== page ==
OLYMPIA, Wash. — Washington Attorney General Bob Ferguson announced Tuesday that his office has sued a Tacoma hospital over allegations that it illegally withheld charity care from tens of thousands of low-income patients.

The lawsuit against St. Joseph Medical Center was filed in Pierce County Superior Court. Ferguson said that the hospital has been violating the state’s consumer protection laws since at least 2012, and that senior management at the hospital was aware of the problems and did not act.

“St. Joseph placed obstacles in the way of thousands of individuals in need of affordable health care,” Ferguson said at a news conference in Tacoma announcing the lawsuit. “St. Joseph’s conduct is illegal and harms vulnerable Washingtonians.”

Washington law requires all hospitals to let patients know about the availability of charity care and to screen them for eligibility. It also limits the number of documents required of patients to prove their income. Among the allegations against St. Joseph’s is that employees were told to not volunteer information about the charity care program. When patients were able to apply for charity care, Ferguson said that St. Joseph’s required multiple income verification documents, instead of the one that is required under state law.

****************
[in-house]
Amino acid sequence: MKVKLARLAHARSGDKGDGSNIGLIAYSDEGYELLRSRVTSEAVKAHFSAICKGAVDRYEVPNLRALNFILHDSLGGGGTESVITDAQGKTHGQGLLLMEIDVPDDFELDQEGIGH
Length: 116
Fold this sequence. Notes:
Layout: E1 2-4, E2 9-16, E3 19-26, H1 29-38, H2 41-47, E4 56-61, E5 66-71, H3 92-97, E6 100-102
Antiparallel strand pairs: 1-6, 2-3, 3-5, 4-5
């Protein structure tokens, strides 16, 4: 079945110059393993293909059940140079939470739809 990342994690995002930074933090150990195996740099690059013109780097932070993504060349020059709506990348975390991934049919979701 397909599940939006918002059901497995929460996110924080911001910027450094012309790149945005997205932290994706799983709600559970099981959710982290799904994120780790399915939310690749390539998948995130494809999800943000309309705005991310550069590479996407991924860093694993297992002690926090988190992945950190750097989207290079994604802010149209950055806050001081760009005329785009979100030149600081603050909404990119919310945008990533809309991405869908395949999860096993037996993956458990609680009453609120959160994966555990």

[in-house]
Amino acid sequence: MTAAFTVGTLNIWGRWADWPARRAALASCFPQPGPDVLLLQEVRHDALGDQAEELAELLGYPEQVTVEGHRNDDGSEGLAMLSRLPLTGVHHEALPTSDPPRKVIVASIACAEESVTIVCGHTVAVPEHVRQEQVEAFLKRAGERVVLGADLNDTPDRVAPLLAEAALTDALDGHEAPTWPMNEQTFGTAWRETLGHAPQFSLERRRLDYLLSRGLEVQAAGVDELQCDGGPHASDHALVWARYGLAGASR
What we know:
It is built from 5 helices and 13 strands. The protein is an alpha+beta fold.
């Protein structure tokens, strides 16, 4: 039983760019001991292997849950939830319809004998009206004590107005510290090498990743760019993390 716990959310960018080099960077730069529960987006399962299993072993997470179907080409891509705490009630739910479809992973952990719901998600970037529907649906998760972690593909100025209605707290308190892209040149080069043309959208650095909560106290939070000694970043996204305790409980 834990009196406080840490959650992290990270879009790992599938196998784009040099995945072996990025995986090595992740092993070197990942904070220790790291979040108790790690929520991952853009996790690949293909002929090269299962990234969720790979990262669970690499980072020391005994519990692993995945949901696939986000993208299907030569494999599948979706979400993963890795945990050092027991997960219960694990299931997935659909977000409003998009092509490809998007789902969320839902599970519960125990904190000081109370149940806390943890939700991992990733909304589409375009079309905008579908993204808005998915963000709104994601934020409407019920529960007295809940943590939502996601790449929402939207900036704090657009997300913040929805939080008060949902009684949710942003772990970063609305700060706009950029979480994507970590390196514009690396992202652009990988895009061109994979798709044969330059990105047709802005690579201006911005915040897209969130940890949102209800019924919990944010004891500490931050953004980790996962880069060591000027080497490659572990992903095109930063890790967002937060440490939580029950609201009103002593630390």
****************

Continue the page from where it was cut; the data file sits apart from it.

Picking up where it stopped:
Ferguson also said that employees were trained to give patients the impression that they needed to pay for their treatment upfront, meaning that patients who may have been eligible for treatment ended up paying deposits of $250 or more before treatment.

CHI Franciscan Health, which runs the hospital, did not respond directly to the specific allegations raised by Ferguson. In a written statement, Cary Evans, vice president of communications and government affairs, expressed disappointment over the lawsuit.

“As a nonprofit charitable organization, we are committed to providing the highest quality care to everyone who needs it,” he wrote. “We carefully consider all charity care applications we receive and approve all who qualify.”

The hospital’s practices ultimately led to St. Joseph’s providing charity care at a lower rate than the regional average — as much as $70 million less over a four-year period, Ferguson said.

Ferguson said that not only does he wants to ensure that the hospital provides patients with notice of their rights to charity care, he is seeking restitution for the low-income patients affected, as well as civil penalties. Under the state’s consumer protection laws, civil penalties of up to $2,000 per infraction can be incurred. Ferguson noted that tens of thousands of patients were affected by the hospital’s practices.

“They’re going to be held accountable, and they will absolutely correct their practices,” Ferguson said. “They need to make changes, systemic changes, and they’re going to do it.”